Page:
Dealing with Writer's Block
Sometimes no matter what you do, nothing comes — at least nothing that's any good. You can't get warmed up at the start of a session, you're in the middle of a new song and your brain locks up, or everything's great right up to the last line of the song and, all of a sudden, the muse has left the building. You keep trying, but nothing happens. You start to panic. “What if this feeling never goes away?”
Welcome to the club. Writer's block has been around as long as writing, and it happens to the best writers in the world. It's not fatal or permanent, though it usually feels that way. No need to panic, it usually passes quickly on its own.Breaking the Block
If you don't feel like waiting, there are several time-tested cures. Here are a few favorites for jump-starting a stalled song:
Take a break. Sometimes your brain overloads and needs to cool down. Go get something to drink, have a snack, take a walk. Don't even think about the song while you're taking a break. That's why it's called a break!
Look for corners. Have you painted yourself into a corner? Killing off your hero halfway through can make things anticlimactic. Maybe he should die in the last verse. This cure works especially well after taking a break first.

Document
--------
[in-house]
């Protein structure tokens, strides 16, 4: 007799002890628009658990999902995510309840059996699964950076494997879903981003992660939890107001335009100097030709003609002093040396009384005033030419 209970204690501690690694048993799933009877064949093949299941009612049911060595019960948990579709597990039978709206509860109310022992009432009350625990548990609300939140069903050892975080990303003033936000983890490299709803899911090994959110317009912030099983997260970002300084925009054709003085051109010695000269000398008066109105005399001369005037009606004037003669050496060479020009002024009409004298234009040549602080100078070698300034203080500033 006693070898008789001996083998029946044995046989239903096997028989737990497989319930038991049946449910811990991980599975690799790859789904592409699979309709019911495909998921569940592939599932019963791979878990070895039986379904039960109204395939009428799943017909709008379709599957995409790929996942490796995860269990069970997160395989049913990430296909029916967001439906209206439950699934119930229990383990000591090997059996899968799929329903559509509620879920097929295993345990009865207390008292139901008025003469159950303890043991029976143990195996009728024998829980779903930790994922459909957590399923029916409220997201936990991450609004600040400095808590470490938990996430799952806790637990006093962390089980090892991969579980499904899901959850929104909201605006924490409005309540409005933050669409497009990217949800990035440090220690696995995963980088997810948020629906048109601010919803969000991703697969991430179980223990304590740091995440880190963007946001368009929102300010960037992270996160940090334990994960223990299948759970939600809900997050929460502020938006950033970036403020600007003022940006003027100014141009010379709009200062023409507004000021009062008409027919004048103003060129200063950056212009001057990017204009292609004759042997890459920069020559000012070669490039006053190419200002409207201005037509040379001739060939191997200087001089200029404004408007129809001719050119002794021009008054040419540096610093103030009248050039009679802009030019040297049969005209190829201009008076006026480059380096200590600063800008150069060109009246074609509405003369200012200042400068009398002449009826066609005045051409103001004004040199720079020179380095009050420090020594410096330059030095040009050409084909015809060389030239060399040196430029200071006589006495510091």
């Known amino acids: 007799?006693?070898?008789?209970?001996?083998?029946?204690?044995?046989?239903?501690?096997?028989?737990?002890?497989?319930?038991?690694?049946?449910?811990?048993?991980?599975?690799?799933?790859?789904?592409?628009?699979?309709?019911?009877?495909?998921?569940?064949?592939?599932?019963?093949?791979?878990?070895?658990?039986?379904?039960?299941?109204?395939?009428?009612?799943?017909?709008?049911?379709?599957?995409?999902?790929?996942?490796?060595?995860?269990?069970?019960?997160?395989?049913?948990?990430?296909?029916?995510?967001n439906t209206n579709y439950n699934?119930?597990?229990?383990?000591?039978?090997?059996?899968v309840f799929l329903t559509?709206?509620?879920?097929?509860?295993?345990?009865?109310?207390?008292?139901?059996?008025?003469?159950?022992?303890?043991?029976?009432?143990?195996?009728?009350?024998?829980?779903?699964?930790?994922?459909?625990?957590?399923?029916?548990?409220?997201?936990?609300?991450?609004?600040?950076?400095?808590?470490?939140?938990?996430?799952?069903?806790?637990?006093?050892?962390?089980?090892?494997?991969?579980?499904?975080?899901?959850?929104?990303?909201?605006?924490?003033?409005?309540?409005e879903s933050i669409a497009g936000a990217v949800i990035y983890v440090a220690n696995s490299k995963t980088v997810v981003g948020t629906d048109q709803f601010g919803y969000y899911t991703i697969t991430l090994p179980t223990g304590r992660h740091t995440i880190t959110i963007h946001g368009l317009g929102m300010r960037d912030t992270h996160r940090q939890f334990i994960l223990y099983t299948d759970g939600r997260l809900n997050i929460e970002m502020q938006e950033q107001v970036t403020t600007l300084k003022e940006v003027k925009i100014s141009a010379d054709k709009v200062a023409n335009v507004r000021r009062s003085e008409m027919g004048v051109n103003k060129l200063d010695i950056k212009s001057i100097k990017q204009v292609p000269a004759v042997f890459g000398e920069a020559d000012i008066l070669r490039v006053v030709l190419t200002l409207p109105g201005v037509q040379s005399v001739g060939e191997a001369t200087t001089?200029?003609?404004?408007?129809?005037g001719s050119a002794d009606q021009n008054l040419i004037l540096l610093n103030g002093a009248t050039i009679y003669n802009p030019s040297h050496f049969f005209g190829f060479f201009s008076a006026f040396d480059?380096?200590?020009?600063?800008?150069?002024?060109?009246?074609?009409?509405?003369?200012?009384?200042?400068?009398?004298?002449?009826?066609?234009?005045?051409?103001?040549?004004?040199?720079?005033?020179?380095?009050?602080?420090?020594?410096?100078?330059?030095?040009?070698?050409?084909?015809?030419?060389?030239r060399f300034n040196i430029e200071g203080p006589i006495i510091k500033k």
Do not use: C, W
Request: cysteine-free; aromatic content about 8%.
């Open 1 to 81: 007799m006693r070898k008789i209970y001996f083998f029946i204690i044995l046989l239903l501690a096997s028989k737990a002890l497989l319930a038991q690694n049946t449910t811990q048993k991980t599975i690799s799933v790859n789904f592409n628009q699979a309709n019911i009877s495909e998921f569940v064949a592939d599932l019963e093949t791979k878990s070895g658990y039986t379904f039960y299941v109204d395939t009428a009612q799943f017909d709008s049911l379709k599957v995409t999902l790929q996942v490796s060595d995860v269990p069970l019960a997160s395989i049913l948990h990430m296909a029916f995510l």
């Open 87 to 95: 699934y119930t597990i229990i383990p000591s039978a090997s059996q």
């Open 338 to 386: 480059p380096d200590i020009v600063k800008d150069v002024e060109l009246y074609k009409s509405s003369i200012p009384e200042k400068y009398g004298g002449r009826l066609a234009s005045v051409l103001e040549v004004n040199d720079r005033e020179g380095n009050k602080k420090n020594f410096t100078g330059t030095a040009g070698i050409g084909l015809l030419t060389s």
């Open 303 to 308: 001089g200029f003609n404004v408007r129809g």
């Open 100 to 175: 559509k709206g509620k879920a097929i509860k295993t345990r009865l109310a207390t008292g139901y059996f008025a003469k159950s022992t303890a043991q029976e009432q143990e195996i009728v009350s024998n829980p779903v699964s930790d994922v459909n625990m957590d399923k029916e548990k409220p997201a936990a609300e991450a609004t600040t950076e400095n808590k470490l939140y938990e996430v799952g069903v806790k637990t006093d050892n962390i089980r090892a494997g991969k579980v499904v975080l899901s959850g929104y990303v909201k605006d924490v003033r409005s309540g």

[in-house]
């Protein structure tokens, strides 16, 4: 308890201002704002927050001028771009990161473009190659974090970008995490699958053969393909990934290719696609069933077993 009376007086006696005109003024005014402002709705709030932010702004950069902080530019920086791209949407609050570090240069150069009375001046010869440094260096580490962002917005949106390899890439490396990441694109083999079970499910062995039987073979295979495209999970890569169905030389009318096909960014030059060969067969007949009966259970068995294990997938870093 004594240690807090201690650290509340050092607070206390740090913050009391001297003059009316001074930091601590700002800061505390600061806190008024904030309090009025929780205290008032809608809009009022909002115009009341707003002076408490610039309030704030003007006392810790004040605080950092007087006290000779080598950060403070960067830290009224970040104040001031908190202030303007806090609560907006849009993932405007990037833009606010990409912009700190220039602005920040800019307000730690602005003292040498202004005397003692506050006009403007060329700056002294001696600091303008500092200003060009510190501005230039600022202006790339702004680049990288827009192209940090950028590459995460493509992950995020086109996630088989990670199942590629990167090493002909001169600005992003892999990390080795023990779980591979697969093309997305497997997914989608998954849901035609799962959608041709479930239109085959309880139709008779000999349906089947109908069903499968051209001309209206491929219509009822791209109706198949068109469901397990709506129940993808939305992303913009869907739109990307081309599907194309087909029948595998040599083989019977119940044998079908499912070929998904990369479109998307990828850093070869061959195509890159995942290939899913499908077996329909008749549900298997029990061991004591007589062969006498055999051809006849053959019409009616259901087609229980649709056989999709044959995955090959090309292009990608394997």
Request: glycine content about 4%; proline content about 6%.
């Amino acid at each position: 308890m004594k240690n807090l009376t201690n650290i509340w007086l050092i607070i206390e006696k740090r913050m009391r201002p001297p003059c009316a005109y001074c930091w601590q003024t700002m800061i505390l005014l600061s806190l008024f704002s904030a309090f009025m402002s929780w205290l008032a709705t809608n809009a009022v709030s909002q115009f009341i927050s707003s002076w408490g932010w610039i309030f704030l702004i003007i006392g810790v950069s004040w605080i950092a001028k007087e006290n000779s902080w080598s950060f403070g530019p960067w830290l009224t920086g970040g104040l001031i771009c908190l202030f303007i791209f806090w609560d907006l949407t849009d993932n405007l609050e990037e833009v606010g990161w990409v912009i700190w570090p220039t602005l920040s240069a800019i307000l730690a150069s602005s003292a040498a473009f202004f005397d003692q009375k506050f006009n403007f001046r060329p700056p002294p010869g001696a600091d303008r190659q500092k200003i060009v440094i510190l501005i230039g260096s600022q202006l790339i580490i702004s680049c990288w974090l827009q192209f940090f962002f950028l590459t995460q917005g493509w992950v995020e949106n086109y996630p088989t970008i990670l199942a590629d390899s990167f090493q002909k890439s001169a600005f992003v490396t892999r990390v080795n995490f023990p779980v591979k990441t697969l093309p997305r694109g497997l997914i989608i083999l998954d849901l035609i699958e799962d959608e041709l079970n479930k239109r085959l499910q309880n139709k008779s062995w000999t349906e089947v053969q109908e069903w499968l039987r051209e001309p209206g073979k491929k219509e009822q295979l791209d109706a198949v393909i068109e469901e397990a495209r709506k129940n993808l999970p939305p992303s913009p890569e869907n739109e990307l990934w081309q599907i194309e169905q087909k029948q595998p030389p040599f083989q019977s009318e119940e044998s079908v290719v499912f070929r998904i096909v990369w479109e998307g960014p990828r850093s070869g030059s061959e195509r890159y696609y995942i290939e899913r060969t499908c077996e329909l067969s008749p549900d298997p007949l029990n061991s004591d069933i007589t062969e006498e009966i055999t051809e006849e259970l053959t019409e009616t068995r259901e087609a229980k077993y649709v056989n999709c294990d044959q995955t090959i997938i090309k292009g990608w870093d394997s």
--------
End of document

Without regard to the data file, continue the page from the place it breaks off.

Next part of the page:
Switch gears. Stuck on lyrics? Work on the melody. Can't get the beat right? Get back to the lyrics.
Make a move. Work on a different part of the song. Chorus trouble? Skip down to the bridge. Can't get the second line of the verse quite right? Write the third line, then come back. If you have several trouble spots, try working on each one for ten minutes and then switching to a different part when time's up.
Mix it up. Rearrange the words in the line you're trying to write or rearrange the lines in that particular section of the song. You may even want to try switching the order of the verses, starting with the chorus or moving the bridge to a different spot. If it doesn't work out, you can always put things back where they were.
If you have a problem with the rhymes, look for other options. Ending a line with “orange” makes it awfully difficult to rhyme. Maybe “banana” would work better. Sometimes even a good rhyme word that fits into the song isn't the right word to use. Looking for some other options certainly won't hurt and might just solve your problem.
Whatever approach you take, keep in mind that the writer's block will pass, and you are just going to have to keep going until you get back into the flow of things.